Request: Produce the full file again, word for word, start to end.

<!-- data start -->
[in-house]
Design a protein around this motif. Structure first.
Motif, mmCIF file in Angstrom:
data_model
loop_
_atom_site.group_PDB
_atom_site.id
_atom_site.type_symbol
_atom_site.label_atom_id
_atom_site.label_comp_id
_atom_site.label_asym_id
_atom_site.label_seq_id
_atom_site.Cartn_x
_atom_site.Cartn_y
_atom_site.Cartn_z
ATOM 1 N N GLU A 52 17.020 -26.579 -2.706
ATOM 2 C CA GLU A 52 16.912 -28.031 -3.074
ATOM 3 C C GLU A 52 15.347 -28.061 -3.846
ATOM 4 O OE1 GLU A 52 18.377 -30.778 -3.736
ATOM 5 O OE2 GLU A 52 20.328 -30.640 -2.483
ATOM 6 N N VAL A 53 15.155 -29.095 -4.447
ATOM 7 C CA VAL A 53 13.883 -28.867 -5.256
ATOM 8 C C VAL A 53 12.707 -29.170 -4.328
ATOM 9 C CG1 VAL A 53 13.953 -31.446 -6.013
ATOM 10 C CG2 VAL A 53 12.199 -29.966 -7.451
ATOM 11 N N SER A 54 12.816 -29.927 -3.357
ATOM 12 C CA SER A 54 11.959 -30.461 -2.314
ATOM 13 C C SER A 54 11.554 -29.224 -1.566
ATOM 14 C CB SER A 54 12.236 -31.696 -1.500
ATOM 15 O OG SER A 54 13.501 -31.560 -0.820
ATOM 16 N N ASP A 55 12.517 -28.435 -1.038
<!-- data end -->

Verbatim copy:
[in-house]
Design a protein around this motif. Structure first.
Motif, mmCIF file in Angstrom:
data_model
loop_
_atom_site.group_PDB
_atom_site.id
_atom_site.type_symbol
_atom_site.label_atom_id
_atom_site.label_comp_id
_atom_site.label_asym_id
_atom_site.label_seq_id
_atom_site.Cartn_x
_atom_site.Cartn_y
_atom_site.Cartn_z
ATOM 1 N N GLU A 52 17.020 -26.579 -2.706
ATOM 2 C CA GLU A 52 16.912 -28.031 -3.074
ATOM 3 C C GLU A 52 15.347 -28.061 -3.846
ATOM 4 O OE1 GLU A 52 18.377 -30.778 -3.736
ATOM 5 O OE2 GLU A 52 20.328 -30.640 -2.483
ATOM 6 N N VAL A 53 15.155 -29.095 -4.447
ATOM 7 C CA VAL A 53 13.883 -28.867 -5.256
ATOM 8 C C VAL A 53 12.707 -29.170 -4.328
ATOM 9 C CG1 VAL A 53 13.953 -31.446 -6.013
ATOM 10 C CG2 VAL A 53 12.199 -29.966 -7.451
ATOM 11 N N SER A 54 12.816 -29.927 -3.357
ATOM 12 C CA SER A 54 11.959 -30.461 -2.314
ATOM 13 C C SER A 54 11.554 -29.224 -1.566
ATOM 14 C CB SER A 54 12.236 -31.696 -1.500
ATOM 15 O OG SER A 54 13.501 -31.560 -0.820
ATOM 16 N N ASP A 55 12.517 -28.435 -1.038